My point is, neither of us fully understand neurons, but the evidence suggests more than just boolean logic is occurring. We know these are not "burps" because they are being processed just as what you call the "main message" is being processed.

    The brain is operating on more than 1's and 0's, just as a true AI will need to by using memristors. No transistor can take on multiple values as a neuron does.
    "It's no wonder that truth is stranger than fiction. Fiction has to make sense." - Mark Twain
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  21. #20  
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    Quote Originally Posted by SuperNatendo
    Pong, you act as though everything to know about the brain and how it functions has already been learned.
    I shouldn't. We understand a single neuron to its individual atoms. Understanding the elaborate network of neurons is something else!
    Quote Originally Posted by SuperNatendo
    And what about the need to simulate neurons in software instead of just a complex circuit of transistors? You have not refuted my point as far as this is concerned.
    I've already said memristors might prove a good shortcut in our simulations.
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  22. #21  
    Forum Masters Degree SuperNatendo's Avatar
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    Here is a quote from this article:

    http://computerworld.co.nz/news.nsf/...25745100805915

    "Here's a comparison I like to use. The human brain is estimated to have about a 100 teraflop capacity. We only use maybe 10% of that — some of us even less. That means the Livermore computer is about 4.7 times faster than the brain, and the new Roadrunner system will be more than double that. It's seriously fast."

    The article is talking about the new supercomputer being assembled in Los Alamos, New Mexico.

    This proves to me that the brain obviously registers more than simple ones or zeros, otherwise we would not be sentient, just as a computer is not. We already have the complexity of the circuits and network down, the missing link will be given by the memristors.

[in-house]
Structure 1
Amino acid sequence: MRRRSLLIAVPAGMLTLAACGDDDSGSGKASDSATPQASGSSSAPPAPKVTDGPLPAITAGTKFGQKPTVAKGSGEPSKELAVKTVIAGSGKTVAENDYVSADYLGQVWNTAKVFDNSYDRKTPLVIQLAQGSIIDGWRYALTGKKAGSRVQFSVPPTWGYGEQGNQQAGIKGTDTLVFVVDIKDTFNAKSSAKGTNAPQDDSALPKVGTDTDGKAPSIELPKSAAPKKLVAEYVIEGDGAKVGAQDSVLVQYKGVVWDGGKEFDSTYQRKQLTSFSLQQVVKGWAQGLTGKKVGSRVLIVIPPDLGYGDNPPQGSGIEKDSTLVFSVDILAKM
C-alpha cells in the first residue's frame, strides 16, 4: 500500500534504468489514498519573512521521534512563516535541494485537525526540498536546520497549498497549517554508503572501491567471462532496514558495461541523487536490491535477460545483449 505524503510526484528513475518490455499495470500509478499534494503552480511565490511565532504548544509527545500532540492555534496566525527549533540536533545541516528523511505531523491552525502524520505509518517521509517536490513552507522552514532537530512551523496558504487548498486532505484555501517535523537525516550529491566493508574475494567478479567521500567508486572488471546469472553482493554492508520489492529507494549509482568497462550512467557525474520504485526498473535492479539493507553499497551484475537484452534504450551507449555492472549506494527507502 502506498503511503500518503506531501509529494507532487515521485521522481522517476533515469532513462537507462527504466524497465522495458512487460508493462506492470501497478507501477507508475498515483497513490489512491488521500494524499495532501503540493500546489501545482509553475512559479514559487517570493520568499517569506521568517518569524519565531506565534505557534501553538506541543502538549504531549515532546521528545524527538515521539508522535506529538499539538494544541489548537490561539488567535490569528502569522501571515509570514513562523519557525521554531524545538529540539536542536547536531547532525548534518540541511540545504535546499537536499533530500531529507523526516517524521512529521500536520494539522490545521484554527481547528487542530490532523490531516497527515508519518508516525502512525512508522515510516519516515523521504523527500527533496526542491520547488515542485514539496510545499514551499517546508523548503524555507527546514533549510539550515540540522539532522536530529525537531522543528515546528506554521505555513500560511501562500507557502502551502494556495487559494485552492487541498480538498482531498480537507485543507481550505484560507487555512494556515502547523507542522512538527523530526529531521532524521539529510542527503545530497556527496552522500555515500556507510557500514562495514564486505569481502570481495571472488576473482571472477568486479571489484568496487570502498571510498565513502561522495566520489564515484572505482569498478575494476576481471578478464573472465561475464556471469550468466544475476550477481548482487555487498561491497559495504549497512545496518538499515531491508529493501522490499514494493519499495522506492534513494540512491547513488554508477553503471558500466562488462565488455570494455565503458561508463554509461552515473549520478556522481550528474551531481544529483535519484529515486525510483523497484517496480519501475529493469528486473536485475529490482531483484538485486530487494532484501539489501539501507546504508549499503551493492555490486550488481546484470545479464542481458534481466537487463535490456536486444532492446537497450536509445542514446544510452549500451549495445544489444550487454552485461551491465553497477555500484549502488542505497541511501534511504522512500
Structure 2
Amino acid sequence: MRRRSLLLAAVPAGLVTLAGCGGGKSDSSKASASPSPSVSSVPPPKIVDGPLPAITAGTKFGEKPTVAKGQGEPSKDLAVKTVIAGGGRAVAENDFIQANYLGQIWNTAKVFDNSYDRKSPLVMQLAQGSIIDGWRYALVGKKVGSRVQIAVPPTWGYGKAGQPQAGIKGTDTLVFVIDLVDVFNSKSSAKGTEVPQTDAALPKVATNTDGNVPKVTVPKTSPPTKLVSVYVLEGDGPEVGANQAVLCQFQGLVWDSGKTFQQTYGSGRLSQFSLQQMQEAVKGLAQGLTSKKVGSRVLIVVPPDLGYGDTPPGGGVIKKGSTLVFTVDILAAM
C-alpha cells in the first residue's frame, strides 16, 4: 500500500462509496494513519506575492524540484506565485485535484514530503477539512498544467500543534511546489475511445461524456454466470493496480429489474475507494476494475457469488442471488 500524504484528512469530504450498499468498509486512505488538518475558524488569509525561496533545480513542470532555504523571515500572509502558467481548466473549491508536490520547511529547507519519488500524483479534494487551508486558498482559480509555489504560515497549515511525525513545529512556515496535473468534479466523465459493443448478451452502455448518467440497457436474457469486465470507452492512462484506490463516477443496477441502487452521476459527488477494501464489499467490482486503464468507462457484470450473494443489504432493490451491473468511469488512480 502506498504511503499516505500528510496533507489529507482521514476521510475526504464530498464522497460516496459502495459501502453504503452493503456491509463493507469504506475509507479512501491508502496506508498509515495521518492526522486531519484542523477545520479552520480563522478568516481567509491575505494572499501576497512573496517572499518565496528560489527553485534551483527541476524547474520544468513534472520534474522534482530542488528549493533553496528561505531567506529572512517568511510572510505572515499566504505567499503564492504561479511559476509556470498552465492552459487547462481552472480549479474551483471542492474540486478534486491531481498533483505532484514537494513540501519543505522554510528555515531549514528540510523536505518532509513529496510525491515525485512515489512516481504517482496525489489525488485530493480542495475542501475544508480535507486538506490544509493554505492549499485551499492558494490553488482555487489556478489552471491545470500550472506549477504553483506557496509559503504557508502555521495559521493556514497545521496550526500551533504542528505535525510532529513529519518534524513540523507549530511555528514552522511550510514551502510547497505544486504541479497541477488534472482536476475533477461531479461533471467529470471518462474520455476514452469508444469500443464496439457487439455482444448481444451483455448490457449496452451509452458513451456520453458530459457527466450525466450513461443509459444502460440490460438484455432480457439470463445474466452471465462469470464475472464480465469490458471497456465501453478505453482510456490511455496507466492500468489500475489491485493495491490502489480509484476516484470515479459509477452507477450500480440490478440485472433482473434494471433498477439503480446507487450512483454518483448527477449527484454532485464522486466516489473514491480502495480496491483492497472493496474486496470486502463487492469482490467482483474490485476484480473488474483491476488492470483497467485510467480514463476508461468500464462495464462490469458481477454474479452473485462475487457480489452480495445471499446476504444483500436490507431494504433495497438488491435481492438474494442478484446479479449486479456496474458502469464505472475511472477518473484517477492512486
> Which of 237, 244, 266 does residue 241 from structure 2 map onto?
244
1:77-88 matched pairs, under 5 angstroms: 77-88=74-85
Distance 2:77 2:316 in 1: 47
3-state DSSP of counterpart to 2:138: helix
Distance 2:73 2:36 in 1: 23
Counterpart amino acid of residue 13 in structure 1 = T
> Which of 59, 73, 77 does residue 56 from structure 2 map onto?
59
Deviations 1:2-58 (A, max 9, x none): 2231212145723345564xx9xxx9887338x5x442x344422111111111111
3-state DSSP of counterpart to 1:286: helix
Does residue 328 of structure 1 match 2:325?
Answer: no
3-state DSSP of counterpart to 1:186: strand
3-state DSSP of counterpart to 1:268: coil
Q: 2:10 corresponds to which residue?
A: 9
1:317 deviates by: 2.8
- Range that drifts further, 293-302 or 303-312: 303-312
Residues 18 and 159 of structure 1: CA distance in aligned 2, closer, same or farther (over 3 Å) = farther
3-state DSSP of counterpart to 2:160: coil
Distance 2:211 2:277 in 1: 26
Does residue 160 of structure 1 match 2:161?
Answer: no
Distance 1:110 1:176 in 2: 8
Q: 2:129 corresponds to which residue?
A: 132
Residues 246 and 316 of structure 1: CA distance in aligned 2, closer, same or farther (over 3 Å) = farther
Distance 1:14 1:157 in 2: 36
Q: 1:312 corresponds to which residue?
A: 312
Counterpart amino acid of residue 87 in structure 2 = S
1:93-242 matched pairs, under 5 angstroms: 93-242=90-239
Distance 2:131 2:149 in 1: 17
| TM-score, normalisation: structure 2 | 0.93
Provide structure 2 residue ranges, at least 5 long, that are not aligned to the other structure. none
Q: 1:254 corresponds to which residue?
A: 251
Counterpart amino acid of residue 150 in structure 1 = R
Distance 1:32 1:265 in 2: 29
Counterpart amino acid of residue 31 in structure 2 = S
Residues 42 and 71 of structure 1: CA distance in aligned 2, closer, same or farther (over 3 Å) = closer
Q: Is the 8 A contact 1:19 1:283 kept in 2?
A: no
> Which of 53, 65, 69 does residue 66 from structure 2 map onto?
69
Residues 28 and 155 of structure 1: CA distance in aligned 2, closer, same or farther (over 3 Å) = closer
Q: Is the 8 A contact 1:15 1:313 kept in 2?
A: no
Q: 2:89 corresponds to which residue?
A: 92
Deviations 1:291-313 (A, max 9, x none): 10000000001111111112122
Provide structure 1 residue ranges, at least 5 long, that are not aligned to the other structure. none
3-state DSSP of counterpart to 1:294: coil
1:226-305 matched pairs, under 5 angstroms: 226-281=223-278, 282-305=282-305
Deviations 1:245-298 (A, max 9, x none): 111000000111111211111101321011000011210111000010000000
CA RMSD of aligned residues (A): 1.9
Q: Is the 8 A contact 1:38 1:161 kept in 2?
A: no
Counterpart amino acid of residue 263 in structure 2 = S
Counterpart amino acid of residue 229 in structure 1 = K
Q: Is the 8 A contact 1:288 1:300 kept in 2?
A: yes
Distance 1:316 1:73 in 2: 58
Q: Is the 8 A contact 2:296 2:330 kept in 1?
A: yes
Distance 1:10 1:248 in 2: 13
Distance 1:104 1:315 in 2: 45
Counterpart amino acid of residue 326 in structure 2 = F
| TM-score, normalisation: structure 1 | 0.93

If we used our brain in the similar manner a computer operates, we would be much less intelligent. Even a mouse brain trumps these computers that can do 4.7 times the amount of calculations our own brains can. And these things are so huge compared to our brain! They need to be transported using a fleet of about 21 Big Rig Trucks!

    Either this guy's estimate is way off about how much of our brain we use for thought, and how many calculations it performs, or the components of the human brain can do much more than simply binary calculations.
    "It's no wonder that truth is stranger than fiction. Fiction has to make sense." - Mark Twain
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  23. #22  
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    Yes the brain is subtle and fantastically complex in its entirety. That doesn't mean an individual neuron is!

    Another example: chess. You know how to play chess? The pieces follow simple rules. There is nothing analog or fuzzy about a bishop. So how is it that a game of chess until recently baffled our best computers? It's the practically infinite relationships between multiple pieces, that is deep.

    Go is comparable to chess in complexity. Yet the pieces are only white or black stones.
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  24. #23  
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    Go is even more complex than chess....thats why Go bots aren't as challenging as chess bots.

    I agree with you pong, the complexity of the brain is a product of its network topology, and not down to the individual neurons.
    Chance favours the prepared mind.
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  25. #24  
    Forum Masters Degree SuperNatendo's Avatar
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    I'm not saying neurons are some super complex mystical structures that can never be duplicated by a single component of a circuit. I am simply saying they do not follow boolean logic, just as a memristor does not.
    "It's no wonder that truth is stranger than fiction. Fiction has to make sense." - Mark Twain